Review: Just Dance 2017


Are we still doing Gaga song jokes in 2017

Time and time again we've seen third-party publishers pledge their loyalty to a new system, only to pull out at the first sign of danger. Perhaps the most egregious case in recent memory deals with EA and the Wii U. It vowed to support the system with heavy-hitters, put Mass Effect 3 on it, then called it a day.

Some stuck around longer, like Ubisoft, but eventually gave up on the system. I hope they end up putting out more than Just Dance 2017 (a game with "2017" in the title that was released in 2016, and is now being re-released in 2017) and a few other ports this time around on the Switch.

Just Dance 2017 (PC, Nintendo Switch [reviewed], PS3, PS4, Xbox 360, Wii, Wii U, Xbox One)
Developer: Ubisoft Paris
Publisher: Ubisoft
Released: October 25, 2016 / March 3, 2017 (Switch)
MSRP: $49.99

For those who are wondering, the Switch version uses the same controller option as the other versions. Both the Joy-Con and mobile devices are supported, and the latter was incredibly easy to set up. I basically just downloaded the app, and it synced with my console within seconds (it even found a PS4 randomly) without an annoying Uplay sign-in requirement. The only hang-up is that if you leave the app you'll need to reconnect, but I found it to be very accurate, and swapped between it and the Joy-Con for the purposes of this review with ease.

So with the same control method, the gist is equally samey. You're moving with the on-screen prompts, dancing about with an accurate enough reading based on where you groove. Depending on the difficulty it could involve striking a pose every so often or constantly shifting around, but the actual dance moves are well choreographed, complete with an on-screen mocap avatar (kinda, as they're real with filters). Don't think this is going to actually teach you anything though, because while I didn't have an issue getting the Joy-Con or my phone to follow along, the actual movements are pretty loose. Think of it as an arcadey experience.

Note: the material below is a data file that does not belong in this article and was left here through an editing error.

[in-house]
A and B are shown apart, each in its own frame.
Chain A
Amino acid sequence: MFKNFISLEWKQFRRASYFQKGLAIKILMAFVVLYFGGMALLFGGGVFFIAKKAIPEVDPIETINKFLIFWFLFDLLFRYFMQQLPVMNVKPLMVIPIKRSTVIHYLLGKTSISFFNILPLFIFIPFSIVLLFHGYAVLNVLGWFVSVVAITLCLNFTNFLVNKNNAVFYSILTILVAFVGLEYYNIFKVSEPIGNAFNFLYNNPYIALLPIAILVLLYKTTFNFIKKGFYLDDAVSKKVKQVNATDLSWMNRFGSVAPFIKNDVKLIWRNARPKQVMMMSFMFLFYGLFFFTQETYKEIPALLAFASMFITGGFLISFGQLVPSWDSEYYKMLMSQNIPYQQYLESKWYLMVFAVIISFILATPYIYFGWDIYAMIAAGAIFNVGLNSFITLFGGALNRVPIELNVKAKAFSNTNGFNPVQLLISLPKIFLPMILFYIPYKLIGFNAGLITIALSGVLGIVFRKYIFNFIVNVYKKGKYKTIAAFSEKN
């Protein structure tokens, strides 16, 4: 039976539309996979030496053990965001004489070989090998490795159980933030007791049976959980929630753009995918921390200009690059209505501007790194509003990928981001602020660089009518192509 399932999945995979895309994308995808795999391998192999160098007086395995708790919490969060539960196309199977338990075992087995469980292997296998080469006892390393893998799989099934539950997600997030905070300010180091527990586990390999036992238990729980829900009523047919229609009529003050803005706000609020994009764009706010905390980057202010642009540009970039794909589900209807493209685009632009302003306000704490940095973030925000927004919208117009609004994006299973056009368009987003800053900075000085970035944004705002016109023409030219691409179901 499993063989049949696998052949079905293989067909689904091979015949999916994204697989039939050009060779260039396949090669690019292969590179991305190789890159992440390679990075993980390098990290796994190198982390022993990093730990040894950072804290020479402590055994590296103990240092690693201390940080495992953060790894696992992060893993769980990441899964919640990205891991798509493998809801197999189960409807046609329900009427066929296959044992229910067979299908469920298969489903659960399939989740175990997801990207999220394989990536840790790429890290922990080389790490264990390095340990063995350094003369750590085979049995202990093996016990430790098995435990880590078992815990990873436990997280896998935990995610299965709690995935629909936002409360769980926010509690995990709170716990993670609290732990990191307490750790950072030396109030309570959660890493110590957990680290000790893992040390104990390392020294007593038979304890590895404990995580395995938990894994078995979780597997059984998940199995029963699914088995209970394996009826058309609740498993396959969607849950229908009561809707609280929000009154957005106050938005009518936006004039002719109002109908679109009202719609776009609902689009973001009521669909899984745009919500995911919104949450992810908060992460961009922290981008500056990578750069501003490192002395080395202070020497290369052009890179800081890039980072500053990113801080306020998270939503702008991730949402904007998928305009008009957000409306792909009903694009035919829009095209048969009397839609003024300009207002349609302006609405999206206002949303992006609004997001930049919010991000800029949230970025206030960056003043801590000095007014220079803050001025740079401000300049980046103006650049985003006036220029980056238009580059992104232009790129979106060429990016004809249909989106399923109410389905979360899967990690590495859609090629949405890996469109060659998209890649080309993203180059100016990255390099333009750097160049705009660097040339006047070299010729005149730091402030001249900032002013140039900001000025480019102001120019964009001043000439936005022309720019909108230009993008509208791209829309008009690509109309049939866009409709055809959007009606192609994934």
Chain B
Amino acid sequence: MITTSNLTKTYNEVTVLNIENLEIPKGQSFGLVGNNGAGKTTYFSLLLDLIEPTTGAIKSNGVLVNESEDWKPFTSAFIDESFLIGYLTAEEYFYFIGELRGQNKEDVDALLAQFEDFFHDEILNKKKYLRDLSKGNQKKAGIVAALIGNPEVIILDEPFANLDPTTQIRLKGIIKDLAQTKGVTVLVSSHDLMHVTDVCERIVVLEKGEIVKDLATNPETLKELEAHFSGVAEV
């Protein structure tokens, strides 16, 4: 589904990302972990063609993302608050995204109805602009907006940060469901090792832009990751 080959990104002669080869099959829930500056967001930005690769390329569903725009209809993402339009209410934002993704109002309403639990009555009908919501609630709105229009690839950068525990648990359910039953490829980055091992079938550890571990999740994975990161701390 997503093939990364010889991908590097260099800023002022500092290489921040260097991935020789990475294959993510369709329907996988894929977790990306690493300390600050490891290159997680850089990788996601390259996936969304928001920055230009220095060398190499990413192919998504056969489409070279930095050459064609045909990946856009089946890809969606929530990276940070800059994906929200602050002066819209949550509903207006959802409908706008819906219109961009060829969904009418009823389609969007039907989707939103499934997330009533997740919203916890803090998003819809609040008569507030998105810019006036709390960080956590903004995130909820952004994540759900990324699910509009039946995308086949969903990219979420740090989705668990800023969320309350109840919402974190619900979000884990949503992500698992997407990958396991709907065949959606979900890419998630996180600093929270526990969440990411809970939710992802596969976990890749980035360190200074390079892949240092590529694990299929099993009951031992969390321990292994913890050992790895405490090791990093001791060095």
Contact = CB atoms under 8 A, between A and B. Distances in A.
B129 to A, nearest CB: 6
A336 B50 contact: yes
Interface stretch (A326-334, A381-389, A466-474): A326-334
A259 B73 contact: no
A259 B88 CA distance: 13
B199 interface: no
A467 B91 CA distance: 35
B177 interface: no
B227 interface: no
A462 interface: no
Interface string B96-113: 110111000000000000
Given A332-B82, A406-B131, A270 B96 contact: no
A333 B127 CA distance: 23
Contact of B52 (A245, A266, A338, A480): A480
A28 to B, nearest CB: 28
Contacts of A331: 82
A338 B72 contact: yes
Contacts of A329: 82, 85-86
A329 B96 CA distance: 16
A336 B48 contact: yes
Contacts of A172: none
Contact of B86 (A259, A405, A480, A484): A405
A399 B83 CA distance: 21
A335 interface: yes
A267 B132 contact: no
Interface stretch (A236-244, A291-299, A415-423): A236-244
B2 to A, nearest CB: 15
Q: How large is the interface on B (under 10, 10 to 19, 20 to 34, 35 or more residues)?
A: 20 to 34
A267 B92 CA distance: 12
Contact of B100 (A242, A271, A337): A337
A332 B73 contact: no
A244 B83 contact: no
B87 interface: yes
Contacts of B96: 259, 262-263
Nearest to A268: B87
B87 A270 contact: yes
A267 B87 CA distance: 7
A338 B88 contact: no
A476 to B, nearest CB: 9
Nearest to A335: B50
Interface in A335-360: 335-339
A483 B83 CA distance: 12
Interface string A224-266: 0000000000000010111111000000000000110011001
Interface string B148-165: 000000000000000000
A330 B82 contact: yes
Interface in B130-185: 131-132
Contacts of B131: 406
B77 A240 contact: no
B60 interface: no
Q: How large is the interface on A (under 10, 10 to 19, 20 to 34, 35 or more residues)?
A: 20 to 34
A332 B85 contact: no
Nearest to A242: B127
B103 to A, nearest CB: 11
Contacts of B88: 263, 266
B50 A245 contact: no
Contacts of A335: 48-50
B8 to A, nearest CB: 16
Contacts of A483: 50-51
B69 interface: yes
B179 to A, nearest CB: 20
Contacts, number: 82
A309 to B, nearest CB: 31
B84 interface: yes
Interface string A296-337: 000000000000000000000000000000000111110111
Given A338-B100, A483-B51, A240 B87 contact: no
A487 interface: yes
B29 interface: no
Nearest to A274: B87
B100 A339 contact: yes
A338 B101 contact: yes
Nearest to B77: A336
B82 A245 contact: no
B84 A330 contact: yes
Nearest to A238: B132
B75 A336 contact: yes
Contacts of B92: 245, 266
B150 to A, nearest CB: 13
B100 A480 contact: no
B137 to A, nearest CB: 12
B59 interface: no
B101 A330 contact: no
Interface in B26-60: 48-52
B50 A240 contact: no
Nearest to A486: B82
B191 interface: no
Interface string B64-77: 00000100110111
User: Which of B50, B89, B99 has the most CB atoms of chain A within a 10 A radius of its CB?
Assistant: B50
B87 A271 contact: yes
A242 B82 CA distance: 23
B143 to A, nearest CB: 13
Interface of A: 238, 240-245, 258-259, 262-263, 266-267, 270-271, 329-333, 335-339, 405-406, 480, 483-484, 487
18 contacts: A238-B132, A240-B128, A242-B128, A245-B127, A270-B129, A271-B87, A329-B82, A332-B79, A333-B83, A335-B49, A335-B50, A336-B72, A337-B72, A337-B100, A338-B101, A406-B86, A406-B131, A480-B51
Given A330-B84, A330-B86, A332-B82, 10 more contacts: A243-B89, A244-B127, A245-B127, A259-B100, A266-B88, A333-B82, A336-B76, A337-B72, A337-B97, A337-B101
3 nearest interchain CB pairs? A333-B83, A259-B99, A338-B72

The tracklist is also pretty all-encompassing when it comes to dance music, with plenty of new hits, with some Queen and Miku thrown in for good measure. Is 40 tracks enough though? I'm teetering on the edge of "no," even if its biggest competitor, Dance Central 3, debuted with roughly the same amount -- 47. The biggest holdup is that Just Dance, in the past several years, has become a delivery system for Just Dance Unlimited, a subscription service that's priced at $4.99 a month (with discounts for multi-month subs).

It sports exclusive songs and a 200 strong setlist to stream, and the Switch version comes with three months by default -- which brings it in line with the "Gold" edition on other platforms, price-wise (in other words, this isn't as much of a crash-grab as it could have been on the Switch). I would have preferred an a la carte system as an option, or even a Guitar Hero Live (RIP) "earn free plays" mechanic, but the wax-on-wax-off subscription model, where you can fork over $5 and play a ton before canceling, is fair enough.

While there's only so much you can do with a dancing game concept, after playing so much Dance Central over the years, the ancillary modes all seem pretty rote. There's a loose campaign (that's not really engaging enough to follow through with), free play, and a bare-bones weight loss mode. "Dance Machine" attempts to try something new, randomizing routines under the guise of helping aliens refuel their ship, but I found myself just gravitating back toward freeplay after a few rounds.

Just Dance 2017 isn't a bad port on the Switch by any means. If you have a family that doesn't mind looking stupid in front of the TV together, it's easy enough to scrape together a collective of Joy-Con and mobile controllers to have a party (easier than it is for say, Bomberman R or Fast RMX, for instance). Plus, the three months of Unlimited will last you long enough to likely get your money's worth.

[This review is based on a retail build of the game provided by the publisher.]

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Just Dance 2017 reviewed by Chris Carter



Slightly above average or simply inoffensive. Fans of the genre should enjoy it a bit, but a fair few will be left unfulfilled.
How we score:  The Destructoid reviews guide


Chris Carter
Chris CarterReviews Director, Co-EIC   gamer profile

Chris has been enjoying Destructoid avidly since 2008. He finally decided to take the next step, make an account, and start blogging in January of 2009. Now, he's staff! ------------------- T... more + disclosures



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